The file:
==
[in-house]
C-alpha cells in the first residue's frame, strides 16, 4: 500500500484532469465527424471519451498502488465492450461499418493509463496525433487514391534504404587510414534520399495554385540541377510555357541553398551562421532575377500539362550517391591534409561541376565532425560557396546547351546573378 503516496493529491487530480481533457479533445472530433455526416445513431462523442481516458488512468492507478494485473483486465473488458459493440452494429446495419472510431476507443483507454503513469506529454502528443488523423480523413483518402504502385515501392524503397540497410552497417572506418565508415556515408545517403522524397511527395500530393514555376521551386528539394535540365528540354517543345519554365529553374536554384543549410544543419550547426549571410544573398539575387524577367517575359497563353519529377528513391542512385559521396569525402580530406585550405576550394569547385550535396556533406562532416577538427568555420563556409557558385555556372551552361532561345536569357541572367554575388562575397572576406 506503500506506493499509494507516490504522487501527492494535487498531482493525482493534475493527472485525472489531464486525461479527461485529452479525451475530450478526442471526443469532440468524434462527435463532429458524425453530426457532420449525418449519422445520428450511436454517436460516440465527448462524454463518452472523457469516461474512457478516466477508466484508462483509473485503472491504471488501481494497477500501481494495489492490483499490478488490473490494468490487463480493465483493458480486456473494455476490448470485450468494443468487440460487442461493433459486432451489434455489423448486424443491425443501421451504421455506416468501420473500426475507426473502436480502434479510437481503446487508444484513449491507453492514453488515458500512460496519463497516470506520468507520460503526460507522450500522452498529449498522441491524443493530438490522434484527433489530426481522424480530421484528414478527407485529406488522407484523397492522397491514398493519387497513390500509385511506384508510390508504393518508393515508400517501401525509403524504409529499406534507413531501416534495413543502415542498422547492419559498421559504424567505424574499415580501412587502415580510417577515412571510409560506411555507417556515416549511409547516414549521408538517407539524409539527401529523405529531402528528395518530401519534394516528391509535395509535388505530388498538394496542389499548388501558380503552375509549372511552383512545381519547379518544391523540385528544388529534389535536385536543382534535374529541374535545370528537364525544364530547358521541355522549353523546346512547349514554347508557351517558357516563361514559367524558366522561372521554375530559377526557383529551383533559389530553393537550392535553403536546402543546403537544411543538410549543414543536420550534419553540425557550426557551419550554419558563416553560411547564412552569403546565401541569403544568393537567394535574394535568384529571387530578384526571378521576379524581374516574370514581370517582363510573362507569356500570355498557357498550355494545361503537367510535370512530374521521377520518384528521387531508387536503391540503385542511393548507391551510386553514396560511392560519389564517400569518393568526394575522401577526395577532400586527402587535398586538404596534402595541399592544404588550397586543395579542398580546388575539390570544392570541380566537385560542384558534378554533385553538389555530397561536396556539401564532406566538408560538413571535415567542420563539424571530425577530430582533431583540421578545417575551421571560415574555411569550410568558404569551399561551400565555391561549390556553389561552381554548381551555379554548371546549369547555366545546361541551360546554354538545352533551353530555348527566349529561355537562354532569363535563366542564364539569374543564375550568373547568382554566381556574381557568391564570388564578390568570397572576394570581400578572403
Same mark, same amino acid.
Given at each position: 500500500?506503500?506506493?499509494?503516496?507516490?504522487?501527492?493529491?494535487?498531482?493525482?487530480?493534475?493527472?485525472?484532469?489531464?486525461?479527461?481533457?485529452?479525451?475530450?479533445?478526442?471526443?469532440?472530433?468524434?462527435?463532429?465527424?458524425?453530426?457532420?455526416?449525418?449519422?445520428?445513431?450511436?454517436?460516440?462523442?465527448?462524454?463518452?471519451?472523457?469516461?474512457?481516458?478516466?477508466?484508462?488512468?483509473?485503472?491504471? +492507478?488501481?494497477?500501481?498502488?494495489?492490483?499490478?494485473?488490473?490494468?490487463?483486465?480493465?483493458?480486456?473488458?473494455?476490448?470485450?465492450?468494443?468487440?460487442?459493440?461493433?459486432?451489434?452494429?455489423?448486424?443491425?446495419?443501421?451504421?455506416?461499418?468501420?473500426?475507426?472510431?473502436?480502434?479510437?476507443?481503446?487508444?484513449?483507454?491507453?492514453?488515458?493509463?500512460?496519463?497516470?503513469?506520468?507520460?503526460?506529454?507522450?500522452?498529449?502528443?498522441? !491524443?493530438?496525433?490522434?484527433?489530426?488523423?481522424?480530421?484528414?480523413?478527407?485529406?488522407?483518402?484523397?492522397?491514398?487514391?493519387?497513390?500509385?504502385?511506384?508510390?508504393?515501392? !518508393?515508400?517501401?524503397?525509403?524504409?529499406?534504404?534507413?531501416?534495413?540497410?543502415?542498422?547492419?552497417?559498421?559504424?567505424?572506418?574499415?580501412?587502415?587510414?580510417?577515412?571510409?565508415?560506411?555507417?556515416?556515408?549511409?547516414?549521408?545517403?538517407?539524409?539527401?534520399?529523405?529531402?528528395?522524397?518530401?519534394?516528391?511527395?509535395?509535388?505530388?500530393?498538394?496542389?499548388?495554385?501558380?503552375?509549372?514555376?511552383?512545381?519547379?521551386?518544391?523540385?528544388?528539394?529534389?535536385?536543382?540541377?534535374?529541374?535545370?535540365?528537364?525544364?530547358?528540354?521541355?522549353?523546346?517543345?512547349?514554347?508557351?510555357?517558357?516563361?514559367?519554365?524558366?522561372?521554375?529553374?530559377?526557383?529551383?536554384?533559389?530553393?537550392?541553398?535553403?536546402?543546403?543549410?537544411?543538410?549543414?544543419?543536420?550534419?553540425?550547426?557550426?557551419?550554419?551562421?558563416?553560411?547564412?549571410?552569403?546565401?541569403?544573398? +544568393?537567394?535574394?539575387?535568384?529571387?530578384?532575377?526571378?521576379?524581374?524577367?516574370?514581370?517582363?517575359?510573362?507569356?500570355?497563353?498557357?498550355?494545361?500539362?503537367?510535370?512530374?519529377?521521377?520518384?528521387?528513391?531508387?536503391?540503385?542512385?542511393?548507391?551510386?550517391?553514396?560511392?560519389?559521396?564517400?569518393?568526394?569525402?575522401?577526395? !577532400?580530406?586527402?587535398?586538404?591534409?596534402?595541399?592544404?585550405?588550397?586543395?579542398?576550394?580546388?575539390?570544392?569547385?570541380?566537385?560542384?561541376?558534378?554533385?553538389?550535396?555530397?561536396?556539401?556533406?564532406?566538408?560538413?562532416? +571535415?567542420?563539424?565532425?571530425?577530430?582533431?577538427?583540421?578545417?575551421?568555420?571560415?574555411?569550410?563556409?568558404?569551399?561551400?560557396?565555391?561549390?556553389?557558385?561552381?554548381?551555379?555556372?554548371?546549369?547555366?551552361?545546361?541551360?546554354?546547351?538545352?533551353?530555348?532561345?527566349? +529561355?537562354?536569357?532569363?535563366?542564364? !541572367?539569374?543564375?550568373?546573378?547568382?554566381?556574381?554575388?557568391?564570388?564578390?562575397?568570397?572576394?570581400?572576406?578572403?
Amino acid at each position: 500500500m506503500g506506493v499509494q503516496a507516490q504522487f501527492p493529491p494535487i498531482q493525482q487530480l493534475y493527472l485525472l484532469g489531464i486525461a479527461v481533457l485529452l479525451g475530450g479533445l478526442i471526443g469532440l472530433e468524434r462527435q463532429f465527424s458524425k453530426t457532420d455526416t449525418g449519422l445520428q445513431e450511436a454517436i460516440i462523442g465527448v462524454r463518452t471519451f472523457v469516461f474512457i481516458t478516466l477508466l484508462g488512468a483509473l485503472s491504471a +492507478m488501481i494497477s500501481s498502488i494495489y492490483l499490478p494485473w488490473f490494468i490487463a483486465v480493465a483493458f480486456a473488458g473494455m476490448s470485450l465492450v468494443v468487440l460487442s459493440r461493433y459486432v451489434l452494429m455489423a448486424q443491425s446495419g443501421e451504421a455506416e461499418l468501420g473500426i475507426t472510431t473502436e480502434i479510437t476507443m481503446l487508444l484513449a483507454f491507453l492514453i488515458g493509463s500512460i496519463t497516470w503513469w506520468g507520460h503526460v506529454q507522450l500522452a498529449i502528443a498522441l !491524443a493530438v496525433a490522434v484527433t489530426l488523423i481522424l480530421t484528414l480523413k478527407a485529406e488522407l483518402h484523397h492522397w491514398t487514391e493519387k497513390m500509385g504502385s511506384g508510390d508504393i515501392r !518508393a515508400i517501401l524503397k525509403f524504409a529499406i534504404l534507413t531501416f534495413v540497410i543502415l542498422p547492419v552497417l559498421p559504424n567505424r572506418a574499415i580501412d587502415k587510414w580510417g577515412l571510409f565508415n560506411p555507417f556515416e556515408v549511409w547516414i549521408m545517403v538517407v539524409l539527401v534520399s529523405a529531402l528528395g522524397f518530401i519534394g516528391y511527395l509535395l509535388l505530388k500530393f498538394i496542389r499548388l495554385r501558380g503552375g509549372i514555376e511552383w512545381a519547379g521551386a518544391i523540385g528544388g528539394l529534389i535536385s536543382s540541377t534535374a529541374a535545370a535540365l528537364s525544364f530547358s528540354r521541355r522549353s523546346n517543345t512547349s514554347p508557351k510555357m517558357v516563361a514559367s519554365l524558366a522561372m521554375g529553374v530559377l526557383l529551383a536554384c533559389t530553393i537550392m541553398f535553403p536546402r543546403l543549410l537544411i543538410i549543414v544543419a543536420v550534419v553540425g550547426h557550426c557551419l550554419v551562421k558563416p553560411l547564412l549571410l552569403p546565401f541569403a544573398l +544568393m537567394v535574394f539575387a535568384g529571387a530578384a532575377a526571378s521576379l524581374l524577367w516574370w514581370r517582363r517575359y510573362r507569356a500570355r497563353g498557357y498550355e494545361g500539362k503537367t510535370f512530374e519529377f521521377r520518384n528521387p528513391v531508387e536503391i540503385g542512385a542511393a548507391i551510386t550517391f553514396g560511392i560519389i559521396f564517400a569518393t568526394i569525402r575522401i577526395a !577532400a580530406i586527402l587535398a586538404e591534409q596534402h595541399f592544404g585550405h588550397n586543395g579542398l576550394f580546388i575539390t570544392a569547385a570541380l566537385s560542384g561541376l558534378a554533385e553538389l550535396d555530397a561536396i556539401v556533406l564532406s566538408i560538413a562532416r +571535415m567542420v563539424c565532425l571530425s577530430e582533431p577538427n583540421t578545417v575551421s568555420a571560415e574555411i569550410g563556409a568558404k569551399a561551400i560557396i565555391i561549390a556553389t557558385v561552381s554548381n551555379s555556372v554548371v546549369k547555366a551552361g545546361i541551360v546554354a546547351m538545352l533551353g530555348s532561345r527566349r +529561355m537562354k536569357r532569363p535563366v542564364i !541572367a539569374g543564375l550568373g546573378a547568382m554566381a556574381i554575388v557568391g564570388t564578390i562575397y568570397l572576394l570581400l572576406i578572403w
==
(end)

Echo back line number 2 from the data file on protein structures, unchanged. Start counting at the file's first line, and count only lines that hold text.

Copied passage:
C-alpha cells in the first residue's frame, strides 16, 4: 500500500484532469465527424471519451498502488465492450461499418493509463496525433487514391534504404587510414534520399495554385540541377510555357541553398551562421532575377500539362550517391591534409561541376565532425560557396546547351546573378 503516496493529491487530480481533457479533445472530433455526416445513431462523442481516458488512468492507478494485473483486465473488458459493440452494429446495419472510431476507443483507454503513469506529454502528443488523423480523413483518402504502385515501392524503397540497410552497417572506418565508415556515408545517403522524397511527395500530393514555376521551386528539394535540365528540354517543345519554365529553374536554384543549410544543419550547426549571410544573398539575387524577367517575359497563353519529377528513391542512385559521396569525402580530406585550405576550394569547385550535396556533406562532416577538427568555420563556409557558385555556372551552361532561345536569357541572367554575388562575397572576406 506503500506506493499509494507516490504522487501527492494535487498531482493525482493534475493527472485525472489531464486525461479527461485529452479525451475530450478526442471526443469532440468524434462527435463532429458524425453530426457532420449525418449519422445520428450511436454517436460516440465527448462524454463518452472523457469516461474512457478516466477508466484508462483509473485503472491504471488501481494497477500501481494495489492490483499490478488490473490494468490487463480493465483493458480486456473494455476490448470485450468494443468487440460487442461493433459486432451489434455489423448486424443491425443501421451504421455506416468501420473500426475507426473502436480502434479510437481503446487508444484513449491507453492514453488515458500512460496519463497516470506520468507520460503526460507522450500522452498529449498522441491524443493530438490522434484527433489530426481522424480530421484528414478527407485529406488522407484523397492522397491514398493519387497513390500509385511506384508510390508504393518508393515508400517501401525509403524504409529499406534507413531501416534495413543502415542498422547492419559498421559504424567505424574499415580501412587502415580510417577515412571510409560506411555507417556515416549511409547516414549521408538517407539524409539527401529523405529531402528528395518530401519534394516528391509535395509535388505530388498538394496542389499548388501558380503552375509549372511552383512545381519547379518544391523540385528544388529534389535536385536543382534535374529541374535545370528537364525544364530547358521541355522549353523546346512547349514554347508557351517558357516563361514559367524558366522561372521554375530559377526557383529551383533559389530553393537550392535553403536546402543546403537544411543538410549543414543536420550534419553540425557550426557551419550554419558563416553560411547564412552569403546565401541569403544568393537567394535574394535568384529571387530578384526571378521576379524581374516574370514581370517582363510573362507569356500570355498557357498550355494545361503537367510535370512530374521521377520518384528521387531508387536503391540503385542511393548507391551510386553514396560511392560519389564517400569518393568526394575522401577526395577532400586527402587535398586538404596534402595541399592544404588550397586543395579542398580546388575539390570544392570541380566537385560542384558534378554533385553538389555530397561536396556539401564532406566538408560538413571535415567542420563539424571530425577530430582533431583540421578545417575551421571560415574555411569550410568558404569551399561551400565555391561549390556553389561552381554548381551555379554548371546549369547555366545546361541551360546554354538545352533551353530555348527566349529561355537562354532569363535563366542564364539569374543564375550568373547568382554566381556574381557568391564570388564578390568570397572576394570581400578572403